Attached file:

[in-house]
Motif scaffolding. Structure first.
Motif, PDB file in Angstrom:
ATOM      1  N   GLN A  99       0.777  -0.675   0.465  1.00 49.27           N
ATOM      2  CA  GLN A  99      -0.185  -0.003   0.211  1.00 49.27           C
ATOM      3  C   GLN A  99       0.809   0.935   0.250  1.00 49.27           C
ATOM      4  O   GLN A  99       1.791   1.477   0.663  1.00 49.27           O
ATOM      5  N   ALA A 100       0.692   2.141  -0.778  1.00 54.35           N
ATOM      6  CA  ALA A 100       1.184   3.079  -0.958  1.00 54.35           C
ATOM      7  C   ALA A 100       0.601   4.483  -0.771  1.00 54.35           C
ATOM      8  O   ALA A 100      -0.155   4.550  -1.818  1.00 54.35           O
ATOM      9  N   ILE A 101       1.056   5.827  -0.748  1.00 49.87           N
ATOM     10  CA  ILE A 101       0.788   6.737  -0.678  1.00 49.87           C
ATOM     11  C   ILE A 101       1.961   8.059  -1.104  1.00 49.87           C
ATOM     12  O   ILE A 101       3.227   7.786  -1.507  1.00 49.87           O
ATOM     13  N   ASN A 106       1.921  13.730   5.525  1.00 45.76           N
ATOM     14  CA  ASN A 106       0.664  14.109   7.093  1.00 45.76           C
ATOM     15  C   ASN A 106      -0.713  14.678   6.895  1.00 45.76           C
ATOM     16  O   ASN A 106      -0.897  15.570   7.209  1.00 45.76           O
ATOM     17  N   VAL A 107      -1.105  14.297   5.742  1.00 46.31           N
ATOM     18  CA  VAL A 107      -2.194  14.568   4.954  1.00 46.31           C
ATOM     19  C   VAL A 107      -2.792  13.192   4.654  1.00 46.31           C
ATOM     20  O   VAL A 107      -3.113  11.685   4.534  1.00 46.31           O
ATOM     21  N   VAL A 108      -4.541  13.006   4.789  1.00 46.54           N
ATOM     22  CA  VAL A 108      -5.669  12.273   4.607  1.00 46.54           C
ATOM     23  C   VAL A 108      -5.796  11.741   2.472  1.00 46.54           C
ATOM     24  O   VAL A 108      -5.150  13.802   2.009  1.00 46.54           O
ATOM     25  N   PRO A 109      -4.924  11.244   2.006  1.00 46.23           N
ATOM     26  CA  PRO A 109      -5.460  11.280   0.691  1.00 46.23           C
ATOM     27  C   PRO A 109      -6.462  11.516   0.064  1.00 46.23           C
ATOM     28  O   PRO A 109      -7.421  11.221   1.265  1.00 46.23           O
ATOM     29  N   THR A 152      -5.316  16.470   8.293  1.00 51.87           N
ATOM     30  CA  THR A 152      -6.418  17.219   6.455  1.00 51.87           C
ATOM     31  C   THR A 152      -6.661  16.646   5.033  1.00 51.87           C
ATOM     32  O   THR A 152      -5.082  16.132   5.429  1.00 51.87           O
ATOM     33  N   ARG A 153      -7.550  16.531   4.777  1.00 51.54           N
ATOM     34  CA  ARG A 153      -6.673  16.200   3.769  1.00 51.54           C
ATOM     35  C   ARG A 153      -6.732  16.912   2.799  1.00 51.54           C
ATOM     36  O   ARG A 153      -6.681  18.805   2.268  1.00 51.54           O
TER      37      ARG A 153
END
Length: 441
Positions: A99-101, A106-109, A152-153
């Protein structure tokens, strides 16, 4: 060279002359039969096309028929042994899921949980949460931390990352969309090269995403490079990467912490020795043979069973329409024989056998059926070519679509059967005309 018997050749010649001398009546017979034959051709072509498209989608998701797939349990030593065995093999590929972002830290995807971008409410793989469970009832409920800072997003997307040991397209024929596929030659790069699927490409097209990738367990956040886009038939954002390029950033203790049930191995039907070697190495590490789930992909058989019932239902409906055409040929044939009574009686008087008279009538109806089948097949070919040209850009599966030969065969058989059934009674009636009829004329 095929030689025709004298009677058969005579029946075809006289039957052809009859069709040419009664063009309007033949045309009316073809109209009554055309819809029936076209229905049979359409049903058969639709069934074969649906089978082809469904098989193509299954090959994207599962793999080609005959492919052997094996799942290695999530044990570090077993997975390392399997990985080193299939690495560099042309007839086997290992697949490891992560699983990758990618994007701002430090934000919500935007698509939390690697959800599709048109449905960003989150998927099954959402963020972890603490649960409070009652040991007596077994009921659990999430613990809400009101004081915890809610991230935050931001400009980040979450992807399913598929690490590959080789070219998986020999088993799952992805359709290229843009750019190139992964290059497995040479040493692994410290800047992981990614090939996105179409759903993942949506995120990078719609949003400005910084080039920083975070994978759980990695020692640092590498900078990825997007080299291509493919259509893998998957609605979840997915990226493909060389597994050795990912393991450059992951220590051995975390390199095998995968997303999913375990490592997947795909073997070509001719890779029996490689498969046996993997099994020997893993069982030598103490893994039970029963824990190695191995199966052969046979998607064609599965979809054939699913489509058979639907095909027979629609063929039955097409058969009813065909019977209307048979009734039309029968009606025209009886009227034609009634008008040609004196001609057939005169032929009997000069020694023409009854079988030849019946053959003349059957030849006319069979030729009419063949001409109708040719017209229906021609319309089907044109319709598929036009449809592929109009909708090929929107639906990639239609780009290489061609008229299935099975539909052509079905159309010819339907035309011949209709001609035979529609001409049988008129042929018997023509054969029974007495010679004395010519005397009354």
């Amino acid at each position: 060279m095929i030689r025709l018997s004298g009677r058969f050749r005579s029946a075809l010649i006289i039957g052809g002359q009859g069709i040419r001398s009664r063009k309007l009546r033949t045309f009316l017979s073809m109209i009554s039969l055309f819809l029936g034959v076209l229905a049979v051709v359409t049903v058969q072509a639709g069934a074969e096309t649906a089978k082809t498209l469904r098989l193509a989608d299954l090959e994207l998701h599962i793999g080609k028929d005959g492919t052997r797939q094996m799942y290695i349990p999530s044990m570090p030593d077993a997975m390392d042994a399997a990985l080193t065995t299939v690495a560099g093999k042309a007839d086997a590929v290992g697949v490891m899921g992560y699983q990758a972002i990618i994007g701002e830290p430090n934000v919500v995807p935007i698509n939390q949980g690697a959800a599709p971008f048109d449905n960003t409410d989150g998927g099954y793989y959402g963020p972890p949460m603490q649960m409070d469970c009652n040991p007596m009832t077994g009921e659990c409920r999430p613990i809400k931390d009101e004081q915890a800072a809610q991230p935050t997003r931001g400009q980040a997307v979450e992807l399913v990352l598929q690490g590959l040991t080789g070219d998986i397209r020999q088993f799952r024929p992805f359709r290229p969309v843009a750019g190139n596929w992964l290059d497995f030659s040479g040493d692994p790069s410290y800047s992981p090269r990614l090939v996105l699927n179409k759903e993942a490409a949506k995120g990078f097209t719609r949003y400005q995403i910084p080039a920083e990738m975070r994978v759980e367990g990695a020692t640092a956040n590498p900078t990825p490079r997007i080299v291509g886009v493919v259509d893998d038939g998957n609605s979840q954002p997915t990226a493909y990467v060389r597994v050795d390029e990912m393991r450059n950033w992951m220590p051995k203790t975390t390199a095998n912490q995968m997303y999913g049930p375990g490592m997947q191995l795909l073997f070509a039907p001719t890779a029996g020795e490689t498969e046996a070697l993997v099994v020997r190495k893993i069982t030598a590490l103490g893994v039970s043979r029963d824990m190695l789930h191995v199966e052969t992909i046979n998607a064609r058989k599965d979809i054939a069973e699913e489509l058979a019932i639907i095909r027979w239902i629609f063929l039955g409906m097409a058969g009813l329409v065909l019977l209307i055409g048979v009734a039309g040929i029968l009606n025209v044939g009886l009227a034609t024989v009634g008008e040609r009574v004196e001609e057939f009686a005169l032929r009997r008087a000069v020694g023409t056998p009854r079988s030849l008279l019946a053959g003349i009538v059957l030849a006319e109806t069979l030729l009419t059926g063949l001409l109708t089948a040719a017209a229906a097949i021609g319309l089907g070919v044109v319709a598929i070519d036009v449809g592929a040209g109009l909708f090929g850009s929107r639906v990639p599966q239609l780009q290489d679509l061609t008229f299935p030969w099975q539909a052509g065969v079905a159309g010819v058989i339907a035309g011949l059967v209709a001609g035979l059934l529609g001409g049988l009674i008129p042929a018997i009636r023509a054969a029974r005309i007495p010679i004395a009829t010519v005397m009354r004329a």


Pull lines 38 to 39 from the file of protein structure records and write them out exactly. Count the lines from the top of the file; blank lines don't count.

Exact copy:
ATOM     35  C   ARG A 153      -6.732  16.912   2.799  1.00 51.54           C
ATOM     36  O   ARG A 153      -6.681  18.805   2.268  1.00 51.54           O